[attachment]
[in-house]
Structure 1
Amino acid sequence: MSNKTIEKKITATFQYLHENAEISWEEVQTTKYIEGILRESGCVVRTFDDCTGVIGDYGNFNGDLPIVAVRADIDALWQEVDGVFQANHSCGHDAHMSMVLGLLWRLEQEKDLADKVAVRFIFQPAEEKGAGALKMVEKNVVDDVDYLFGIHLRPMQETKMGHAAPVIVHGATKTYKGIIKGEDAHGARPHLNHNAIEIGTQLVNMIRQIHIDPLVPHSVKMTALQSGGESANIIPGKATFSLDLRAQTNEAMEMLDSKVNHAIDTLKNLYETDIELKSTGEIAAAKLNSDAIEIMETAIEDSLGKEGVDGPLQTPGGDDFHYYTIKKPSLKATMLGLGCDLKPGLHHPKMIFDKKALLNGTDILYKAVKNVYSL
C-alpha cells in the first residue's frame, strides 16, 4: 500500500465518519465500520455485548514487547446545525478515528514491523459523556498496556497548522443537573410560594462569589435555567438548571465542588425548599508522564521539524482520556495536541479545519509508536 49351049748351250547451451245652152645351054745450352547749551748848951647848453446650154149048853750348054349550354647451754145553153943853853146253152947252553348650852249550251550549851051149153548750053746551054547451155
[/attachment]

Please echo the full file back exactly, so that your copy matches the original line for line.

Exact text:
[in-house]
Structure 1
Amino acid sequence: MSNKTIEKKITATFQYLHENAEISWEEVQTTKYIEGILRESGCVVRTFDDCTGVIGDYGNFNGDLPIVAVRADIDALWQEVDGVFQANHSCGHDAHMSMVLGLLWRLEQEKDLADKVAVRFIFQPAEEKGAGALKMVEKNVVDDVDYLFGIHLRPMQETKMGHAAPVIVHGATKTYKGIIKGEDAHGARPHLNHNAIEIGTQLVNMIRQIHIDPLVPHSVKMTALQSGGESANIIPGKATFSLDLRAQTNEAMEMLDSKVNHAIDTLKNLYETDIELKSTGEIAAAKLNSDAIEIMETAIEDSLGKEGVDGPLQTPGGDDFHYYTIKKPSLKATMLGLGCDLKPGLHHPKMIFDKKALLNGTDILYKAVKNVYSL
C-alpha cells in the first residue's frame, strides 16, 4: 500500500465518519465500520455485548514487547446545525478515528514491523459523556498496556497548522443537573410560594462569589435555567438548571465542588425548599508522564521539524482520556495536541479545519509508536 49351049748351250547451451245652152645351054745450352547749551748848951647848453446650154149048853750348054349550354647451754145553153943853853146253152947252553348650852249550251550549851051149153548750053746551054547451155